Increasing Atmospheric Levels of 1,2,4-TMB in the DFW Metroplex from Natural Gas (Extraction) Processing from 2005 – 2015 and Asthma Rate




Calderon, Ebony
Hosseinzadehnaseri, Hadis
Rich, Alisa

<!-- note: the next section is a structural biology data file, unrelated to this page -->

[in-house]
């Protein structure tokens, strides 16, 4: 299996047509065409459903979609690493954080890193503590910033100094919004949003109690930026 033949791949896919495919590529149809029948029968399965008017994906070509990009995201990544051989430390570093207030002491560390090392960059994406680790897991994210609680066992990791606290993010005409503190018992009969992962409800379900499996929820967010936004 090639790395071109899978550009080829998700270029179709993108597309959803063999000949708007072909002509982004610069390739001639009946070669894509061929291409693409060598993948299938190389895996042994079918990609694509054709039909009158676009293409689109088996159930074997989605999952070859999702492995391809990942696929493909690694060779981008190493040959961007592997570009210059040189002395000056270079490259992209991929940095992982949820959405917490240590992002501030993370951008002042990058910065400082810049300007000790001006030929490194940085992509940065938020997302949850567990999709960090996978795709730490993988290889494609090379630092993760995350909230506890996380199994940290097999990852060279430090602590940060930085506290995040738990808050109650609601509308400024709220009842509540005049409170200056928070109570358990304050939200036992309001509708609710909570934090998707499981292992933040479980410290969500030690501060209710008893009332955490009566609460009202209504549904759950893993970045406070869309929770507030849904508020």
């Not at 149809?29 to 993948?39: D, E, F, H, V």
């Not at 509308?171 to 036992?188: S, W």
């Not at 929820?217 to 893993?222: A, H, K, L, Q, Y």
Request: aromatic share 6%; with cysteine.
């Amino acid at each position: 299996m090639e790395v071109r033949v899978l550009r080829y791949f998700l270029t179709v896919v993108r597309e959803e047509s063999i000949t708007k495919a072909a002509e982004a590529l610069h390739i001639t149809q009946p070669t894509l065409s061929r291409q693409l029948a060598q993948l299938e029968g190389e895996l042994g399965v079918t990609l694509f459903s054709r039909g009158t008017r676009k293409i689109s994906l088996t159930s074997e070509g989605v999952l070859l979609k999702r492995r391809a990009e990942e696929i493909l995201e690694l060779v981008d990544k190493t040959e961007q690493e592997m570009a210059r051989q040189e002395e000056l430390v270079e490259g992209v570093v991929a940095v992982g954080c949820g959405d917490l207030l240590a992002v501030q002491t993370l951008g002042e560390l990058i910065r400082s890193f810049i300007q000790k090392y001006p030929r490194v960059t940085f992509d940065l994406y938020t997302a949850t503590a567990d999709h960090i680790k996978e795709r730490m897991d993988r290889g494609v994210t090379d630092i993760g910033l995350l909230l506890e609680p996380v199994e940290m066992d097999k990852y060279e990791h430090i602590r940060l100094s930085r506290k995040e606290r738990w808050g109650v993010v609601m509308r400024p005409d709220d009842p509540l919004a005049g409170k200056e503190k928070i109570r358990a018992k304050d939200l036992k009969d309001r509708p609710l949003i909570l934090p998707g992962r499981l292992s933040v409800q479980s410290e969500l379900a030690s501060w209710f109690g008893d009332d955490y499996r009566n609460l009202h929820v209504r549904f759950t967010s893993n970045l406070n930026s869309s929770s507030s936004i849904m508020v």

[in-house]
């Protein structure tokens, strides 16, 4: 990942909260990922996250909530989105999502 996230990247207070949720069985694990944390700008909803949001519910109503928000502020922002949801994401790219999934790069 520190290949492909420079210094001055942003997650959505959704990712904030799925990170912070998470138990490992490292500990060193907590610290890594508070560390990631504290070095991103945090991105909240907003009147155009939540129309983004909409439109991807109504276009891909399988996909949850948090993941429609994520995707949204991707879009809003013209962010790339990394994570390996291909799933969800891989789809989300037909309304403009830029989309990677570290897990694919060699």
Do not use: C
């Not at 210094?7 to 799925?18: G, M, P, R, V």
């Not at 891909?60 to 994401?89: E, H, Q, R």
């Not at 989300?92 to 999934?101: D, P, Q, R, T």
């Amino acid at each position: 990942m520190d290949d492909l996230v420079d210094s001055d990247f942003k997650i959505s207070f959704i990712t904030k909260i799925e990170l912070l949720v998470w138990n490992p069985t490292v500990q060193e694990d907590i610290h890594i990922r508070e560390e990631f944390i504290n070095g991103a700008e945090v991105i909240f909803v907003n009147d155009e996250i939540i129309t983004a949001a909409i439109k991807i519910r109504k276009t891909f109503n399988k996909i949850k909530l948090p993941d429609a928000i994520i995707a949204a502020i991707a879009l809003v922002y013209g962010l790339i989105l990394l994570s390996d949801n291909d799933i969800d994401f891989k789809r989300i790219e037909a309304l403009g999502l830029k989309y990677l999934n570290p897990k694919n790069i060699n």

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Introduction: 1,2,4-Trimethylbenzene (1,2,4-TMB) is an industrial solvent used in 21 different hydraulic fracturing fluids. 1,2,4-TMB is found to contribute to the formation of photochemical smog in the presence of other VOCs, which is known to exacerbate respiratory conditions. 1,2,4-TMB contributes to formation of Peroxyacetyl nitrate (PAN), a component of photochemical smog reactive to sunlight and a factor in ozone production. The purpose of the study was to examine the overall trend in atmospheric 1,2,4-TMB, and the rate of Asthma over the same time period. Methods: Ambient concentrations of 1,2,4-TMB were collected from the Texas Commission on Environmental Quality (TCEQ) database, and the U. S. Environmental Protection Agency’s Urban Air Toxics Monitoring Programs (UATMP) report from 2005-2013. Asthma data was collected on children and adults from the 2015 United Way Tarrant County Community Assessment (UWTCCA). Results: Based on TCEQ data, the average amount of 1,2,4-TMB has increased during the past decade. The maximum observed level of 1,2,4-TMB increased by 437.5% from 2008 to 2010, and concentrations were 790% higher from 2008-2009, 2,119% higher in 2010, and 10,747% higher in 2011 (Rich & Orimoloye, 2015) when compared to UATMP. The 2015 UWTCCA indicates a higher asthma prevalence in North Texas. In 2010, lower respiratory disease was ranked as the 4th leading cause of death in Tarrant County. Asthma among Tarrant County adults is 9.6% higher and 17.6% higher for children compared to Texas. 1,2,4-TMB is capable of producing PAN, a powerful respiratory irritant present in photochemical smog. Increasing levels of 1,2,4-TMB in the DFW area due to natural gas extraction may be a contributing factor to the increasing rates of asthma. 1,2,4-TMB is also a factor in smog production, a respiratory irritant and exacerbator of asthma. Conclusions: Increased atmospheric levels of 1,2,4-TMB was found in areas of natural gas extraction and processing in the DFW area. 124-TMB is a factor in PAN production and ozone, which are respiratory irritants. Fort Worth has a high rate of asthma, which may be associated with increased levels in 1,2,4-TMB, PAN, photochemical smog, and ozone.